Strategies for Providing School-based Family Planning during COVID-19
(2020, September) | Widespread school closures and additional safety concerns related to COVID-19 have restricted students’ ability to access reproductive health care, especially through school-based health centers (SBHCs). This brief from Child Trends discusses how, despite school closures, SBHCs can use innovative strategies to reach students remotely and maintain their access to reproductive care.
Considerations for Building Post-COVID Early Care and Education Systems that Serve Children with Disabilities
(2020, August) | Coping with the COVID-19 pandemic has been challenging for all families, especially those caring for young children with disabilities This fact sheet from Child Trends examines the interrelationship between disability, race, and ethnicity, and how this plays out across the country. It also discusses specific impacts of the pandemic on families with young children with disabilities, and offers considerations for states as ECE programs begin to reopen.
Returning to School During and After Crisis
(2020, June) | The Center for Positive Behavioral Interventions and Supports (PBIS) brings us this resource, subtitled Guide to Supporting States, Districts, Schools, Educators, and Students through a Multi-Tiered Systems of Support Framework during the 2020-2021 School Year. The guide describes the use of a multi-tiered systems of support (MTSS) framework to support students, families, and educators during the transitions back to school during and following the global pandemic in a manner that prioritizes their health and safety, social and emotional needs, and behavioral and academic growth. The guide provides information to support implementation at the state, district, school, and classroom levels. To learn more about how to use this resource, the PBIS Center recommends viewing the video Guide to the Guide. More streamlined guidance is available in the state, district, and school guides.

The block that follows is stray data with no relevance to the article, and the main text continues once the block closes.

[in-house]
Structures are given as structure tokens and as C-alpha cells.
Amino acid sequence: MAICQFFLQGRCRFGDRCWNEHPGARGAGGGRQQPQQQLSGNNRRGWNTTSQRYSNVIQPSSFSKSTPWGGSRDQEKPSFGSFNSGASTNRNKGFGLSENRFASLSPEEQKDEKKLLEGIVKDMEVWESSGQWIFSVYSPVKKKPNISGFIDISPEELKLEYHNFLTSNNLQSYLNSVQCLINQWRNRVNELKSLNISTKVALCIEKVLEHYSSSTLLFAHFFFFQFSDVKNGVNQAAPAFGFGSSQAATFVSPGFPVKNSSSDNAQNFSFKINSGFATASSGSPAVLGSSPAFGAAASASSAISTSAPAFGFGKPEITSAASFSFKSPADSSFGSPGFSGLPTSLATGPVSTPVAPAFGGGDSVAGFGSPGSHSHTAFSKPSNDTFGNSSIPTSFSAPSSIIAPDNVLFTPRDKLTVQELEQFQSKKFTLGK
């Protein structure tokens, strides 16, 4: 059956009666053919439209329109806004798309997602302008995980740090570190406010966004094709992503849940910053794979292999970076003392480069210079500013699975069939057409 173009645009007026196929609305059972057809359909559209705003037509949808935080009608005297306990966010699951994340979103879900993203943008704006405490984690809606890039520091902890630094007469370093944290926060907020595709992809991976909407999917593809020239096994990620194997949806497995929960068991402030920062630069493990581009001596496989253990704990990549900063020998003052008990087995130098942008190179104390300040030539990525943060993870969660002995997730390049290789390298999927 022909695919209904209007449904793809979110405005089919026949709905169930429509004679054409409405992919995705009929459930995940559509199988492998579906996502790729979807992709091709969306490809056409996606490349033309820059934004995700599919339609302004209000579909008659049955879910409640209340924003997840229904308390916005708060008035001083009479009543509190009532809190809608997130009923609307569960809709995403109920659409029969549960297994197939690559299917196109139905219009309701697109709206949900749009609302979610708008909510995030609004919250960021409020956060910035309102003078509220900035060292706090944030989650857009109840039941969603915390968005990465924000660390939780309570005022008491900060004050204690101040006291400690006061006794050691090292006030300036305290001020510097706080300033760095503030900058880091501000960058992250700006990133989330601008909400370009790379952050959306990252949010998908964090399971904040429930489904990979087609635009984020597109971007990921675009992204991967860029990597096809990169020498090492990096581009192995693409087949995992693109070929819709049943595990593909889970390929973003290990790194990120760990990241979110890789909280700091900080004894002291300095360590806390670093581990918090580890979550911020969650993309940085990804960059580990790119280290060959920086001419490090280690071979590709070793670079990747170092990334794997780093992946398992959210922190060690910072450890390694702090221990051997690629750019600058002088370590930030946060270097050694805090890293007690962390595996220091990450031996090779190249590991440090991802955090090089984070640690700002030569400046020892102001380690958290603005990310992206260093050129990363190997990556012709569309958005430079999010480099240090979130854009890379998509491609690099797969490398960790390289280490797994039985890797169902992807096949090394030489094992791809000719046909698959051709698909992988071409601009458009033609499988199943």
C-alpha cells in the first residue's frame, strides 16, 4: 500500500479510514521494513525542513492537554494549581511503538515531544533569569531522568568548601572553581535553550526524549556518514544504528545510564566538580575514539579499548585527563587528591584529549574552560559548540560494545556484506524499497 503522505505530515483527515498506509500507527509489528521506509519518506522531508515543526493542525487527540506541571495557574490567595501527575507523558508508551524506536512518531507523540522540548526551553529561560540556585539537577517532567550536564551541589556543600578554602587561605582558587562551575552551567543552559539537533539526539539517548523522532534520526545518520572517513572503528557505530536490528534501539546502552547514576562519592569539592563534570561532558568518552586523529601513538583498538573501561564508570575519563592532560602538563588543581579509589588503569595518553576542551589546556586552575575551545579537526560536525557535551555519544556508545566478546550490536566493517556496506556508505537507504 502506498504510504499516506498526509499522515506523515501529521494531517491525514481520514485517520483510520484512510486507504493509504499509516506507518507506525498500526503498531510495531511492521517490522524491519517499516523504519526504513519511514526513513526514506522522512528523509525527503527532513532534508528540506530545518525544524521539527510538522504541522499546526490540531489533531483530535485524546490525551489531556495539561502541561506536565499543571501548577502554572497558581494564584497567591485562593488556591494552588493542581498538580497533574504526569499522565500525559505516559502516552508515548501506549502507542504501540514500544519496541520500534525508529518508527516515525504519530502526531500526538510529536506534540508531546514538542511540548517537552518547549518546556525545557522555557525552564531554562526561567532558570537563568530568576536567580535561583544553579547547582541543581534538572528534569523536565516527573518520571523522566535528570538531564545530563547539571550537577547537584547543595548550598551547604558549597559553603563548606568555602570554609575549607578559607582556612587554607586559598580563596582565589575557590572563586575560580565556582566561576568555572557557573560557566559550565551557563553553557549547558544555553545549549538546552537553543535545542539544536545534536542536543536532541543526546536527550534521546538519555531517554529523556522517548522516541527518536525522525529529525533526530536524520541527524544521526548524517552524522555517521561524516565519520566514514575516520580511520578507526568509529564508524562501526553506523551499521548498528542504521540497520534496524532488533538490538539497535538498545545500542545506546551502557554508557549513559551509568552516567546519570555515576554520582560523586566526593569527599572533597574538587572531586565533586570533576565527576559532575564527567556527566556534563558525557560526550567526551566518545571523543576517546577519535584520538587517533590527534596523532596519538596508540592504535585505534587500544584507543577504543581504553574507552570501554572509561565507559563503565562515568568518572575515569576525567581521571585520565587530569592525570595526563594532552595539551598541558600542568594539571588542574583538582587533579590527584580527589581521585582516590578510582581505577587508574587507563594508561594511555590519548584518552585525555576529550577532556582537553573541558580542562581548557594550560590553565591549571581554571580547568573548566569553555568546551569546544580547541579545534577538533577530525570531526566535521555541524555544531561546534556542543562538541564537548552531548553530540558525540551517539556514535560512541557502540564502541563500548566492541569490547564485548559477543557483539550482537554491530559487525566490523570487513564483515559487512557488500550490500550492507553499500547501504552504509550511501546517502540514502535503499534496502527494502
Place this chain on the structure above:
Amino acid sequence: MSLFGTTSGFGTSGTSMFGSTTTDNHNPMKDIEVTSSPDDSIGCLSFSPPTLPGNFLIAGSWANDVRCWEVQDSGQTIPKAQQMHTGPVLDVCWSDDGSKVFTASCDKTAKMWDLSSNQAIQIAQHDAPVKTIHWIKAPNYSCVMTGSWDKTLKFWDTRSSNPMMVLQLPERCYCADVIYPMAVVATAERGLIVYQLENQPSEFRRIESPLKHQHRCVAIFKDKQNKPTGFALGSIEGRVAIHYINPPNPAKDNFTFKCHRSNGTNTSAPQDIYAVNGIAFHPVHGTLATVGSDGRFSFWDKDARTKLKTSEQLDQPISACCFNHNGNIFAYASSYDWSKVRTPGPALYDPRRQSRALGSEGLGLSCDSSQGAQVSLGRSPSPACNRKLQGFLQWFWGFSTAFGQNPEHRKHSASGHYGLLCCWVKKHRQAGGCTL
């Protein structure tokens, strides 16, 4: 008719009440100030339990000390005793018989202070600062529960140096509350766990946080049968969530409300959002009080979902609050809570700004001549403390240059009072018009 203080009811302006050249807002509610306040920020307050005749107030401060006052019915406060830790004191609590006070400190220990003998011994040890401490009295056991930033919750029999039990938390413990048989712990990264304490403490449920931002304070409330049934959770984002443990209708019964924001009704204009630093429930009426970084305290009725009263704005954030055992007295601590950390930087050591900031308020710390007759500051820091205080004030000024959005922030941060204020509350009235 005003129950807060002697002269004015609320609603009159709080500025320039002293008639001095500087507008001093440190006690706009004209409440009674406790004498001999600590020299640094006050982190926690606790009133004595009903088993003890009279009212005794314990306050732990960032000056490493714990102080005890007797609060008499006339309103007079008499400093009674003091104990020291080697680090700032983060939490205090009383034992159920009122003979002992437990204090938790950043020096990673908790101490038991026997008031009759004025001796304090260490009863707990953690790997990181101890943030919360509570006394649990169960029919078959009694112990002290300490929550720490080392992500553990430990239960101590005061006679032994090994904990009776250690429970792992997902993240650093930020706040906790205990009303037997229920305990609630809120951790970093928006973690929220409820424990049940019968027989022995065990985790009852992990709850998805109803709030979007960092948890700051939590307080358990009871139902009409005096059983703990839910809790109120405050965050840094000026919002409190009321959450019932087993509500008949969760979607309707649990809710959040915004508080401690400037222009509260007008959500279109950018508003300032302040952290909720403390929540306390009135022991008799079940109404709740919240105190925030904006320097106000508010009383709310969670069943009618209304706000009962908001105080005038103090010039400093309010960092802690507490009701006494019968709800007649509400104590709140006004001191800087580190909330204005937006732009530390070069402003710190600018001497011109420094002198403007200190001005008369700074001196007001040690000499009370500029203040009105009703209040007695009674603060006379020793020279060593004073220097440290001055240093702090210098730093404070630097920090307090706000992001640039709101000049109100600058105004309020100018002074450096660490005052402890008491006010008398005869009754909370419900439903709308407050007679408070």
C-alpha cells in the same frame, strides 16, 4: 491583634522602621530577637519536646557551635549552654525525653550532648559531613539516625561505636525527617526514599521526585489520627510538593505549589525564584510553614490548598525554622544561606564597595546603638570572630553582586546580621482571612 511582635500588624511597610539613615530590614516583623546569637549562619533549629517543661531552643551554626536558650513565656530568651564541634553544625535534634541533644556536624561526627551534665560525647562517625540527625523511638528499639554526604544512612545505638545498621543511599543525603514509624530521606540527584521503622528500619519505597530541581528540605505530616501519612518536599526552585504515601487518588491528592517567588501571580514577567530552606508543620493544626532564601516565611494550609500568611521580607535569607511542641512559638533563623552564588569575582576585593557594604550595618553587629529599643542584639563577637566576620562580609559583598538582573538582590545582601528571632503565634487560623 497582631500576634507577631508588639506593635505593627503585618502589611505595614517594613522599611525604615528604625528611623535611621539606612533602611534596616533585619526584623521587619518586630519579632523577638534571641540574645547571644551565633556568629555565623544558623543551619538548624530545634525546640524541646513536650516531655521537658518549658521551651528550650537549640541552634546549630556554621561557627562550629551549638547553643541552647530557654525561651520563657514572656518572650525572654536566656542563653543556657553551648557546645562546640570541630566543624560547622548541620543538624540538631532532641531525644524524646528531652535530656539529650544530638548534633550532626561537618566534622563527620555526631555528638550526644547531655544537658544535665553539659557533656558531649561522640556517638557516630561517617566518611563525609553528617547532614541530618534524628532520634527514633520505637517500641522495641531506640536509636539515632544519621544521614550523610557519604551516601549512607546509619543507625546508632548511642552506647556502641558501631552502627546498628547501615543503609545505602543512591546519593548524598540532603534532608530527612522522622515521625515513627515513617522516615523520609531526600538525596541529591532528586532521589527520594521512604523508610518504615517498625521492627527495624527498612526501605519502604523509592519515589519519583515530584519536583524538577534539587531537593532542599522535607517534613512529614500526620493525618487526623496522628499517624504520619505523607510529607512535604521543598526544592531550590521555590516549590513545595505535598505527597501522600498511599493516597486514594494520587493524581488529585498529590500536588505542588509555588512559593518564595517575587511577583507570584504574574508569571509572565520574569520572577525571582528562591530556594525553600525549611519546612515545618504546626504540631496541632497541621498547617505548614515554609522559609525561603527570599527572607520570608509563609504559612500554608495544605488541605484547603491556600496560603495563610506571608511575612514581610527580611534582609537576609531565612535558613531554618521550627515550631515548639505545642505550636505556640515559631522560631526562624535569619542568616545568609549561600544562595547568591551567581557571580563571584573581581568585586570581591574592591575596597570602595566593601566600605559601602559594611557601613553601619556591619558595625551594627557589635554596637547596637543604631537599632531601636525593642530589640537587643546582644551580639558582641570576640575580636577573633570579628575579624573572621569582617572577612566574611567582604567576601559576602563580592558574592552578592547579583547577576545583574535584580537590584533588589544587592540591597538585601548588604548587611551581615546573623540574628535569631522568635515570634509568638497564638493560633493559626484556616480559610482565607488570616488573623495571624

Plan and Deliver: Educating Students with Disabilities in Remote Settings
(2020, April) | In response to the COVID-19 pandemic, the Regional Educational Laboratory (REL) Midwest is featuring a blog series on supporting specific student populations as schools shift to remote learning. This particulate blog post focuses on the unique needs of students with disabilities. For additional evidence-based resources and guidance on remote learning, check out the collection of COVID-19 resources assembled by the regional labs.
Frequently Asked Questions about the Delivery of IDEA Early Childhood Services During the Pandemic